Our tour guide interrupts with a shout. I try to find her in the mirror, but instead I find Norman. He is standing by the door leading to the outside, where he has an unobstructed view of me, of us, in both a direct line of vision and in the mirror. We make eye contact without the mirror. He looks bone-tired.

I’m beginning to detect our tour guide’s flair for melodrama as she announces the new bus has arrived and we must board. Immediately! Norman is pushed out the door by people behind him. Those around us start filing out too; reluctantly, even Mary Ann and Laverne. But Paul holds me back. There’s probably still an indentation on my puffy coat from his sister, a place to grab.

“Wendy, I’ll be right out,” Paul says.

Through the store window, Paul stares at Wendy until she boards. We are the only people from our bus remaining in the store. Norman might not notice, or care, that I am missing, but Wendy certainly won’t let them leave without us. Right?

Paul takes a deep breath. “Wendy would blow a gasket if she knew I was saying this to you. She thinks people can only be happy if they have kids. A few years here and there notwithstanding, I’ve had a great life. I don’t have any interest in meeting Melody.”

I look at the shelf directly behind him. I think about pushing him against it so that it will topple over and he will land among the food staples. But he’s so short and skinny and wiry, he’d probably catch his balance, and the only thing that would happen is a couple of five-dollar cans of Campbell soup would topple. If I pushed Norman, on the other hand, he’d take down this shelf and perhaps all the others in a domino effect, because Norman is tall and burly, and also, he wouldn’t have a clue I was about to push him.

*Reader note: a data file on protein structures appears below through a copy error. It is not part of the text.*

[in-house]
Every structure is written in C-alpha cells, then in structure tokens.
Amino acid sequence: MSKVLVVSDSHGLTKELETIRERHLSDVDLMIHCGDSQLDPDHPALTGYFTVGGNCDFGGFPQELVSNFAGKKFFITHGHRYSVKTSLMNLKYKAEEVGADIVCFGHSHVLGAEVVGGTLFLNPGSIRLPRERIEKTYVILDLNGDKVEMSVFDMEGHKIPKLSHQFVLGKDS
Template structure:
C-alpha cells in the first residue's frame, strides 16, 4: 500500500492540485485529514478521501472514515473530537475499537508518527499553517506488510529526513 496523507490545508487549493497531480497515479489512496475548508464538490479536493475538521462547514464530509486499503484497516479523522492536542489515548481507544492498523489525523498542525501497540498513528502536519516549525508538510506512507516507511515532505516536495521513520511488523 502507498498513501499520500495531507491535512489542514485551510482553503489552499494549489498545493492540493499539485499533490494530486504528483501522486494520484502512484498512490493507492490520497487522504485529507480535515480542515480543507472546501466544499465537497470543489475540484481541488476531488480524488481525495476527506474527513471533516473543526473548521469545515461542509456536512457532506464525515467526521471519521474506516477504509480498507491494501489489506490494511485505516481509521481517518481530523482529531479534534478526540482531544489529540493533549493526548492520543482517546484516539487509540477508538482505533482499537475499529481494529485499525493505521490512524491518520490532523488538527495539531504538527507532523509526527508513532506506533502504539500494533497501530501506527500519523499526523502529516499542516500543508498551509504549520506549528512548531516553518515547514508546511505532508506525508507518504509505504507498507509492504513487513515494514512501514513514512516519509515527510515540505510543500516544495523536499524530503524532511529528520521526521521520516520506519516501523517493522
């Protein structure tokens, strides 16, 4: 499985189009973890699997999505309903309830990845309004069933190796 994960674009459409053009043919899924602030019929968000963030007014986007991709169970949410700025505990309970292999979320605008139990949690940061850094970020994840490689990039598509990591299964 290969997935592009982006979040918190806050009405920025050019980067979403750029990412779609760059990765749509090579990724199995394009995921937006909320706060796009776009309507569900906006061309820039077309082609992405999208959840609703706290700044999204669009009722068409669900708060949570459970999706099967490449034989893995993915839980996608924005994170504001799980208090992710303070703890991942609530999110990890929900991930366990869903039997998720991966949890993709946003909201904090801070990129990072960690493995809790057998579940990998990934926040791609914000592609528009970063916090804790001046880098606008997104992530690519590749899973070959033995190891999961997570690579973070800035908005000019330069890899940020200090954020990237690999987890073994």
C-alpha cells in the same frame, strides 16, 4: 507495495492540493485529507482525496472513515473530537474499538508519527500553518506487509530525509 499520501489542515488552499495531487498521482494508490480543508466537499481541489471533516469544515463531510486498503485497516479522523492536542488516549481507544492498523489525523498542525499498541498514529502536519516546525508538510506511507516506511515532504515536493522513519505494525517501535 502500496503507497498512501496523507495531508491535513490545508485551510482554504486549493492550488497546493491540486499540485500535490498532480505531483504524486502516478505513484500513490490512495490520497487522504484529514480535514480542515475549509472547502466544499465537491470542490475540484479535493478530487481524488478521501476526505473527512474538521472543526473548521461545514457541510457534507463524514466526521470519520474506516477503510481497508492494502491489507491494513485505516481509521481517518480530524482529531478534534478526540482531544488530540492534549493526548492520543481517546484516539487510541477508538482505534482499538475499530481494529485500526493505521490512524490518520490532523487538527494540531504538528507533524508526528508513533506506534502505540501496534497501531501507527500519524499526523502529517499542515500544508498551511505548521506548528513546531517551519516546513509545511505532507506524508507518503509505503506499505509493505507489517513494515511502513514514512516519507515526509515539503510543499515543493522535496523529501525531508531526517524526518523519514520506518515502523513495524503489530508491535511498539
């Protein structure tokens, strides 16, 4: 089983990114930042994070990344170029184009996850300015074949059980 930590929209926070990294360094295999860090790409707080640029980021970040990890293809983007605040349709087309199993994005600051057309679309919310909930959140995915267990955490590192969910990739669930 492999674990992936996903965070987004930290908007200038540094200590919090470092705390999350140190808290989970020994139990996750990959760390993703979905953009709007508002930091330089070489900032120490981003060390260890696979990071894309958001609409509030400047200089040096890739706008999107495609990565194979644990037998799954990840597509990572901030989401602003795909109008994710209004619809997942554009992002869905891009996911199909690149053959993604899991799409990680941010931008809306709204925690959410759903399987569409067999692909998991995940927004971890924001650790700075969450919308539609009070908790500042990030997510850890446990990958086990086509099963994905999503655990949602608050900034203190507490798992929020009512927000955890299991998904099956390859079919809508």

I try to keep my face neutral, but I move just enough so Paul knows I want him to remove his horrible, horrible hand from my arm.

He does. “Well, I suppose if she wanted to meet for dinner, that would be all right. I guess what I’m saying is I don’t want to build any kind of relationship.”

“Noted.” I nod, turn, and walk to the bus.

When I sit down, Norman is not sleeping. He is not looking out the window. He is watching me with the concentration he usually reserves for books about the Watergate break-in or the Chappaquiddick scandal.

I don’t try to hide the fact that I am furious. I believe I’m panting. Steam might be spewing from my ears. When Paul walks down the aisle, I duck, as if to tie the shoelace on one of my pull-on boots.

I can feel Norman’s stare.

I sit back up and snap at him, “What?”

Norman looks down, starts softly laughing. So fricking inappropriate. He can’t tell I’m about to lose it; he’s as oblivious to my mood as this stupid filthy bus is, as it speeds down this stupid boring interstate. Brand new bus my ass!

When Norman is able to stop laughing, he says, “Of all the scenarios I’ve conjured up over the years, him rejecting you has never entered my mind. That’s what just happened, right, Dori?”

“How dare that jerk!” I am still caught up in my moment, not Norman’s, not yet. I’m talking to myself, like I always do whether or not Norman is present. “Who does he think he is?” I’m indignant, I’m vehement, but I’m whispering. I don’t want Mary Ann and Laverne to hear me. I hiss: “Who actually uses the word ‘notwithstanding’?”

Norman says, “I’ve always known you would find him. You’d write him a letter or call him, or later, when social media reared its ugly head, I figured you’d look him up.” Norman hasn’t made eye contact with me since he started talking. He turns away, toward the window. “And then you would leave me.”

Now he’s got my attention. “No. No. That part of my life was over as soon as I left Pittsburgh. I approached him for Melanie. Not for me. Because of her bone marrow not matching. She’s going to start questioning her paternity.” This might not be true exactly. It might not be true at all. But if one of my children could be presented with a dad who cared about her, didn’t I have to give her that option? I didn’t think it was possible to have a father who cared less than Norman, but apparently I thought wrong. “Why did you think I would leave you?”

“I knew you didn’t love me, that you loved Melanie’s father like I loved you, that you married me out of desperation.”